In this new body of work, Lebanese artist and designer Pascal Hachem explores his experiences of his home city of Beirut by transforming everyday domestic objects into unexpected works of art. He poses the question, when faced with life in a city of both daily instability and overwhelming fragmentation how do we remember our past?
Available to view during an upcoming solo exhibition at The Mosaic Rooms in London, the series is timely and relevant to the world's political and social unease. As the gallery describes: "Hachem activates these passive objects to become subjects, resonant with the potential for action.
"In the stone in my pocket installed in the basement gallery, several pairs of trousers hang suspended in the air above mirrors, a stone is placed where each right foot should be. The leg of one of the pairs of trousers lifts and drops repeatedly throughout the day, the stone hitting the glass. At some point the accumulated impact will break the mirror beneath, splintering its reflection. The works create physical traces, but the traces point to absence. The shattered mirror becomes the record of this repeated act, the cause does not remain."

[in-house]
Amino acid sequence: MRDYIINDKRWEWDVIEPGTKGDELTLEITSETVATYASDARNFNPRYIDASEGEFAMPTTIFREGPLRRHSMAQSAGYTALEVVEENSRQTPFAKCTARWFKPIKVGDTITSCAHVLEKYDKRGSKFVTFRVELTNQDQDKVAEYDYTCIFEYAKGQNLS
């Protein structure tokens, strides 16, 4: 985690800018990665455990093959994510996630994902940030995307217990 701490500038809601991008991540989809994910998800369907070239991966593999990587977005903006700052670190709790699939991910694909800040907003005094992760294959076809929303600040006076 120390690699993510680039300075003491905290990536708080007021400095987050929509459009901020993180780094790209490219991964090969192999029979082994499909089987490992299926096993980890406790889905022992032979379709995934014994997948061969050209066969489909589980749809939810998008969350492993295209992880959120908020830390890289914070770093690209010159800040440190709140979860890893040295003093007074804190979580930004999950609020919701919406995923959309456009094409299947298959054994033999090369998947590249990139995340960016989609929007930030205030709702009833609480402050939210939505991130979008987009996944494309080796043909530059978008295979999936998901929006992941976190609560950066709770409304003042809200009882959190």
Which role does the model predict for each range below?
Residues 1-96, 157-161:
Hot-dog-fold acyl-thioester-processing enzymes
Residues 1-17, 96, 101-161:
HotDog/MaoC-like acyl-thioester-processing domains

Hachem’s work explores a contradiction, in which a "sense of powerlessness to act or understand exists alongside invitations to act". The repetition of nonsensical actions can create a sense of distance, yet the works often invite participation. By presenting these visual conundrums to interact with, Hachem is prompting us to be present, to observe and carefully consider what is happening around us.
Pascal Hachem's The Show Has a Long Title That I Don't Recall Anymore kicks off on 15 September and runs until 2 December 2017 at London's The Mosaic Rooms.
Main image: Emptiness (2013). Pascal Hachem. Image courtesy of Pascal Hachem and Selma Feriani Gallery